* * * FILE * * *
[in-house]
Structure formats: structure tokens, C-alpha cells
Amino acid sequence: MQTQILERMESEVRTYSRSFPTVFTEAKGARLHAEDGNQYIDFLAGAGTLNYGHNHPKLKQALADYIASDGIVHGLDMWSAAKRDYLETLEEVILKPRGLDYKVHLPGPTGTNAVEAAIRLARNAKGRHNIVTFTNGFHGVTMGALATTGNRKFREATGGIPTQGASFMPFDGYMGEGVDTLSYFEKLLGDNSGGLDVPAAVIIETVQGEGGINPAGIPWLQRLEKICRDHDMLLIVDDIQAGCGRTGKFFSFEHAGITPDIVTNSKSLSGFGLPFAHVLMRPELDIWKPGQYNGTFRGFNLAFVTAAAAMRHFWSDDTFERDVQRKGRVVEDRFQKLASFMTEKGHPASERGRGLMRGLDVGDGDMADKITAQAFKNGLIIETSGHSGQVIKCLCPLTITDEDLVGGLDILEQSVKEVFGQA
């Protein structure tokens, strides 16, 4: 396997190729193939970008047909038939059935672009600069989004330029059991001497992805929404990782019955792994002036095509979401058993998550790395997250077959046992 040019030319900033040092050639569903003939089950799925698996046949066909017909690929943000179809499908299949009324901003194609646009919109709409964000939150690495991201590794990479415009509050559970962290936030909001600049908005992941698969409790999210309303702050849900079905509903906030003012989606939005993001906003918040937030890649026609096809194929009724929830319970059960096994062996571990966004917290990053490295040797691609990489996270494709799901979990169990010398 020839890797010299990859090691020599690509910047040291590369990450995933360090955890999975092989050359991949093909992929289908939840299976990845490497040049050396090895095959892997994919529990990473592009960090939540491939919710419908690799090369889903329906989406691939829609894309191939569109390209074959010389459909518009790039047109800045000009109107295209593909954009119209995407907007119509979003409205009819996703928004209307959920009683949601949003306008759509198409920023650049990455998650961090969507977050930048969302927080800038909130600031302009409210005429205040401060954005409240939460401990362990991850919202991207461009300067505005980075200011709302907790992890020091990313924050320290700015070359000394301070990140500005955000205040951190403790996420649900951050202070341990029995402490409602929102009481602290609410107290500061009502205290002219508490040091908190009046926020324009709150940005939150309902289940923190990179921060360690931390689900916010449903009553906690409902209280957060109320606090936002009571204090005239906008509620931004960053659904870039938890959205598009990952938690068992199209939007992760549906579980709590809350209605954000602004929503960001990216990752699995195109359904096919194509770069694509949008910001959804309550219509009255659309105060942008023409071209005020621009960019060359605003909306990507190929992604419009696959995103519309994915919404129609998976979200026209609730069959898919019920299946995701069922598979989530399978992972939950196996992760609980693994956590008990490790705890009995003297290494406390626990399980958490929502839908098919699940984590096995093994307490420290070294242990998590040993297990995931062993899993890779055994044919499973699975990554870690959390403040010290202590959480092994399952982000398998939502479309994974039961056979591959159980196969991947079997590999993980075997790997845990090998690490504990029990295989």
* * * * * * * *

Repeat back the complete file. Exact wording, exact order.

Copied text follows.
[in-house]
Structure formats: structure tokens, C-alpha cells
Amino acid sequence: MQTQILERMESEVRTYSRSFPTVFTEAKGARLHAEDGNQYIDFLAGAGTLNYGHNHPKLKQALADYIASDGIVHGLDMWSAAKRDYLETLEEVILKPRGLDYKVHLPGPTGTNAVEAAIRLARNAKGRHNIVTFTNGFHGVTMGALATTGNRKFREATGGIPTQGASFMPFDGYMGEGVDTLSYFEKLLGDNSGGLDVPAAVIIETVQGEGGINPAGIPWLQRLEKICRDHDMLLIVDDIQAGCGRTGKFFSFEHAGITPDIVTNSKSLSGFGLPFAHVLMRPELDIWKPGQYNGTFRGFNLAFVTAAAAMRHFWSDDTFERDVQRKGRVVEDRFQKLASFMTEKGHPASERGRGLMRGLDVGDGDMADKITAQAFKNGLIIETSGHSGQVIKCLCPLTITDEDLVGGLDILEQSVKEVFGQA
């Protein structure tokens, strides 16, 4: 396997190729193939970008047909038939059935672009600069989004330029059991001497992805929404990782019955792994002036095509979401058993998550790395997250077959046992 040019030319900033040092050639569903003939089950799925698996046949066909017909690929943000179809499908299949009324901003194609646009919109709409964000939150690495991201590794990479415009509050559970962290936030909001600049908005992941698969409790999210309303702050849900079905509903906030003012989606939005993001906003918040937030890649026609096809194929009724929830319970059960096994062996571990966004917290990053490295040797691609990489996270494709799901979990169990010398 020839890797010299990859090691020599690509910047040291590369990450995933360090955890999975092989050359991949093909992929289908939840299976990845490497040049050396090895095959892997994919529990990473592009960090939540491939919710419908690799090369889903329906989406691939829609894309191939569109390209074959010389459909518009790039047109800045000009109107295209593909954009119209995407907007119509979003409205009819996703928004209307959920009683949601949003306008759509198409920023650049990455998650961090969507977050930048969302927080800038909130600031302009409210005429205040401060954005409240939460401990362990991850919202991207461009300067505005980075200011709302907790992890020091990313924050320290700015070359000394301070990140500005955000205040951190403790996420649900951050202070341990029995402490409602929102009481602290609410107290500061009502205290002219508490040091908190009046926020324009709150940005939150309902289940923190990179921060360690931390689900916010449903009553906690409902209280957060109320606090936002009571204090005239906008509620931004960053659904870039938890959205598009990952938690068992199209939007992760549906579980709590809350209605954000602004929503960001990216990752699995195109359904096919194509770069694509949008910001959804309550219509009255659309105060942008023409071209005020621009960019060359605003909306990507190929992604419009696959995103519309994915919404129609998976979200026209609730069959898919019920299946995701069922598979989530399978992972939950196996992760609980693994956590008990490790705890009995003297290494406390626990399980958490929502839908098919699940984590096995093994307490420290070294242990998590040993297990995931062993899993890779055994044919499973699975990554870690959390403040010290202590959480092994399952982000398998939502479309994974039961056979591959159980196969991947079997590999993980075997790997845990090998690490504990029990295989």